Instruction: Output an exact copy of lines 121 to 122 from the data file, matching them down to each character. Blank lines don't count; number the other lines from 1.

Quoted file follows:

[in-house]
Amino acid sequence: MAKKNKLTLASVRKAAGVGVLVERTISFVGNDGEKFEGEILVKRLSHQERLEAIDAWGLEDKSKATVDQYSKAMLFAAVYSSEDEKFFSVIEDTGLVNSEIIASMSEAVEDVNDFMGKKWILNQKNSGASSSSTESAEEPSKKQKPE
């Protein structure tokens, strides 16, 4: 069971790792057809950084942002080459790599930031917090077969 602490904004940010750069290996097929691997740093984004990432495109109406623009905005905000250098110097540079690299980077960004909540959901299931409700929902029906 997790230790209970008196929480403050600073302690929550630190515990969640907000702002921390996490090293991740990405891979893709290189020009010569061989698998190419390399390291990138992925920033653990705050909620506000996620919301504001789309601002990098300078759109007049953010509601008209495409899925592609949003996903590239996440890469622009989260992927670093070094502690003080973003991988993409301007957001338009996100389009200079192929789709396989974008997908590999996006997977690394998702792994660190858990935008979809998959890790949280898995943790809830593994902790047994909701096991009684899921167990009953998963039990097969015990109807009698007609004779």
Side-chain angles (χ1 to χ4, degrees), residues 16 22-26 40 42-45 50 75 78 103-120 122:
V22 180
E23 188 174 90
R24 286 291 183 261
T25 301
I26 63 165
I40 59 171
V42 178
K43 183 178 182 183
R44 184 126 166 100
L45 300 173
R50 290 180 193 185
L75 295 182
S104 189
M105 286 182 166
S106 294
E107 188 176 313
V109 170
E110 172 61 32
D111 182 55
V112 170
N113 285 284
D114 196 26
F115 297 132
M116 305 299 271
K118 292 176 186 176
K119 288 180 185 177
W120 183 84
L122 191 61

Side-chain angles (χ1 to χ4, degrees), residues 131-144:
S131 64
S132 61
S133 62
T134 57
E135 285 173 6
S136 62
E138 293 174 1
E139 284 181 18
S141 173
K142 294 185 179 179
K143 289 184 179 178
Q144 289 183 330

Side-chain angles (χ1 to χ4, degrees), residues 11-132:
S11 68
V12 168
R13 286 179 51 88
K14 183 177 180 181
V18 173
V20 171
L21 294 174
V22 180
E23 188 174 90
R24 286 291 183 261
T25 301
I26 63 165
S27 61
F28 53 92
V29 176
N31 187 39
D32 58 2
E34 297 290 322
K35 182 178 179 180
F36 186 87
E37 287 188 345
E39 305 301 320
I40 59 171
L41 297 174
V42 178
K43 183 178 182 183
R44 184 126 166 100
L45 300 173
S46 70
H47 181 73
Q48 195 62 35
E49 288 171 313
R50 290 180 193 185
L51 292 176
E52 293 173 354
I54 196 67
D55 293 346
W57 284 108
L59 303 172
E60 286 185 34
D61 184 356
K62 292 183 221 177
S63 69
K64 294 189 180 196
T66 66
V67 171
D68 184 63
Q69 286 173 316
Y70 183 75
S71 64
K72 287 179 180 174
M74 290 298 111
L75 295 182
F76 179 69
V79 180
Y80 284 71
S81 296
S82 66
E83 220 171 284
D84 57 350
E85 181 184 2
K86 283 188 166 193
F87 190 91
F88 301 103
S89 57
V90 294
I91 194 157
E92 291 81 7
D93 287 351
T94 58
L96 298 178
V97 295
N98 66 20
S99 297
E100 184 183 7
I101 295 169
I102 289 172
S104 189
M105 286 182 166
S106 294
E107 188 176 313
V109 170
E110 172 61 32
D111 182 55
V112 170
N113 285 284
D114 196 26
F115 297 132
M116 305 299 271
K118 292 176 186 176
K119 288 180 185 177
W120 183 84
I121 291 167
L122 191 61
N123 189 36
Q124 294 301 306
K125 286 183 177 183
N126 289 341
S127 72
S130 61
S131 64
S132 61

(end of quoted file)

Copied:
E100 184 183 7
I101 295 169